Tuesday, December 27, 2005

Veronica by Mary Gaitskill

My Christmas present from my husband this year was Veronica by Mary Gaitskill. It is beautifully written but not a book that I think a lot of my friends would enjoy. The narrator is a fashion model who views her success through the eyes of her friend, Veronica, who is dying of aids. The details of her modeling life are pretty sordid. It is a story of friendship.

Sunday, December 04, 2005

AP Free Choice Book List 2005-2006

Free Choice Booklist for AP English 2005-2006 Mrs. Lackey
Choose one title and have book available to bring to class by Monday, December 12th.

Nonfiction Selections
Teacher Man by Frank McCourt
For 30 years Frank McCourt taught high school English in New York City and for much of that time he considered himself a fraud. It's about educating, about forming intellects, about getting people to think. McCourt's many fans will of course love this book, but it also should be mandatory reading for every teacher in America. And it wouldn't hurt some politicians to read it, too.

Blink by Malcolm Gladwell
Blink is about the first two seconds of looking--the decisive glance that knows in an instant. Gladwell campaigns for snap judgments and mind reading with a gift for translating research into splendid storytelling. The key is to rely on our "adaptive unconscious"--a 24/7 mental valet--that provides us with instant and sophisticated information to warn of danger, read a stranger, or react to a new idea.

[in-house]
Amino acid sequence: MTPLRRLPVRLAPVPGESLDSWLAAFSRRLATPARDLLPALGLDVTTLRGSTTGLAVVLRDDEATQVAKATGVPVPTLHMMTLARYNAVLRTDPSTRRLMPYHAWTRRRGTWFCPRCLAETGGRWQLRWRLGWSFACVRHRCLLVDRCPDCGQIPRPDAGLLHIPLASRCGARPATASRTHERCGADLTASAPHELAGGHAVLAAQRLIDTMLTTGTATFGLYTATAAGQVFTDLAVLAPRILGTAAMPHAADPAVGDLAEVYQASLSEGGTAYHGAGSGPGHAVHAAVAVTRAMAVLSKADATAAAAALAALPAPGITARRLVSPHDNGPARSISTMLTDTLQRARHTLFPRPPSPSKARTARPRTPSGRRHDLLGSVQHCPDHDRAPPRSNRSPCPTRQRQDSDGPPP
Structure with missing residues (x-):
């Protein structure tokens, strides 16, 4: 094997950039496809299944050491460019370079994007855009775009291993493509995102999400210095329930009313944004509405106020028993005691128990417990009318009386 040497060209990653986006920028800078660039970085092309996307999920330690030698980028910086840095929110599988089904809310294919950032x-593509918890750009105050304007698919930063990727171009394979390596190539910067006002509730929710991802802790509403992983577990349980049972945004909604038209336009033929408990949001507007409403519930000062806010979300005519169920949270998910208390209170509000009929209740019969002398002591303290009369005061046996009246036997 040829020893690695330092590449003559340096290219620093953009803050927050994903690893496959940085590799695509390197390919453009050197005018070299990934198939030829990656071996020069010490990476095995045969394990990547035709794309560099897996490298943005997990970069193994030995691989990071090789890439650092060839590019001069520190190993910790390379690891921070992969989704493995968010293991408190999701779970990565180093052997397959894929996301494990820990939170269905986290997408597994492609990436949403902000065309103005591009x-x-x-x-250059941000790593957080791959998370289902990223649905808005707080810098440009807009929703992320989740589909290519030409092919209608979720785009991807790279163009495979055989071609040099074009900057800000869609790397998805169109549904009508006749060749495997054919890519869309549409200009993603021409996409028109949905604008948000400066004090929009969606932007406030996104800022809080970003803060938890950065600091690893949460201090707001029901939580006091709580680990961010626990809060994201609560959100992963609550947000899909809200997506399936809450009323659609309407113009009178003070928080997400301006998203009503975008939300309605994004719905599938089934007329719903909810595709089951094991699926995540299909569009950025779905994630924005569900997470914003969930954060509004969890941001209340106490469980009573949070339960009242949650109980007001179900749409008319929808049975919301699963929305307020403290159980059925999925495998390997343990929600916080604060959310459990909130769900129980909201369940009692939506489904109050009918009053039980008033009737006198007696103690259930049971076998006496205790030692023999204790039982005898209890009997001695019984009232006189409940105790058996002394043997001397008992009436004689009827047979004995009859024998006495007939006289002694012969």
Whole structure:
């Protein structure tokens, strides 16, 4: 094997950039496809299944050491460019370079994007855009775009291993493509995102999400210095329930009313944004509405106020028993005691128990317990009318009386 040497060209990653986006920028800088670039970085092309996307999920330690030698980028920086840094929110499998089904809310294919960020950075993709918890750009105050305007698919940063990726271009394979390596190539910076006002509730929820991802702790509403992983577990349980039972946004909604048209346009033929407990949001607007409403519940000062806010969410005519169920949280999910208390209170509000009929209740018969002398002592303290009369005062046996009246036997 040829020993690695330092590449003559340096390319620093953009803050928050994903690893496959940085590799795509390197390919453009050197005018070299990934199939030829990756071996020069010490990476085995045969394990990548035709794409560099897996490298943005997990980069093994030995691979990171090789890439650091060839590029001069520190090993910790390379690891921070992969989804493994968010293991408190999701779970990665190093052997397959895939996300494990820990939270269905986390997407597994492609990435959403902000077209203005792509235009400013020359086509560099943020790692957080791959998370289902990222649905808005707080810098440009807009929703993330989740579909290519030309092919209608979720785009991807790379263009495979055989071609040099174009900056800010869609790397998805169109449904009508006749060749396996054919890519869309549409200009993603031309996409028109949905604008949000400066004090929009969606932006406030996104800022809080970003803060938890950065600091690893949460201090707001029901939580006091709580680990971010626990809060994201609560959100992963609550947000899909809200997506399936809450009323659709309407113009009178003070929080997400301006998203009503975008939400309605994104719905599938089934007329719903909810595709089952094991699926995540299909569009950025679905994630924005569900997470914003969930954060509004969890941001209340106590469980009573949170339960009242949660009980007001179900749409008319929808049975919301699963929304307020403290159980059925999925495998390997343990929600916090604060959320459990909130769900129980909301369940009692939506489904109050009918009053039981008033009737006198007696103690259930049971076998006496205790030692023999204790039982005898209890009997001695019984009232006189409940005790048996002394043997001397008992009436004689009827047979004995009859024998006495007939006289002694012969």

Into the Wild by Jon Krakauer
After graduating from Emory University in Atlanta in 1992, top student and athlete Christopher McCandless abandoned his possessions, gave his entire $24,000 savings account to charity and hitchhiked to Alaska, where he went to live in the wilderness. Four months later, he turned up dead. His diary, letters and two notes found at a remote campsite tell of his desperate effort to survive, apparently stranded by an injury and slowly starving.

Fast Food Nation: The Dark Side of an All American Meal by Eric Schlosser
Fast food has hastened the malling of our landscape, widened the chasm between rich and poor, fueled an epidemic of obesity, and propelled American cultural imperialism abroad. That's a lengthy list of charges, but here Eric Schlosser makes them stick with an artful mix of first-rate reportage, wry wit, and careful reasoning.

Reading Lolita in Tehran – A Memoir in Books by Azar Nafisi
For two years before she left Iran in 1997, Nafisi gathered seven women at her house every Thursday morning to read and discuss forbidden works of Western literature. Azar Nafisi’s luminous tale offers a fascinating portrait of the Iran-Iraq war viewed from Tehran and gives us a rare glimpse, from the inside, of women’s lives in revolutionary Iran.

The Culture of Fear : Why Americans are Afraid of the Wrong Things by Barry Glassner
Glassner explains why Americans are afraid, exposing the people and organizations that manipulate our perceptions and profit off of our anxieties; politicians who attempt to win elections by heightening concerns about drug use and crime; advocacy groups that raise money by exaggerating the prevalence of particular diseases; and finally and perhaps most perniciously, the media that peddle new scares each week in desperate attempts to garner ratings.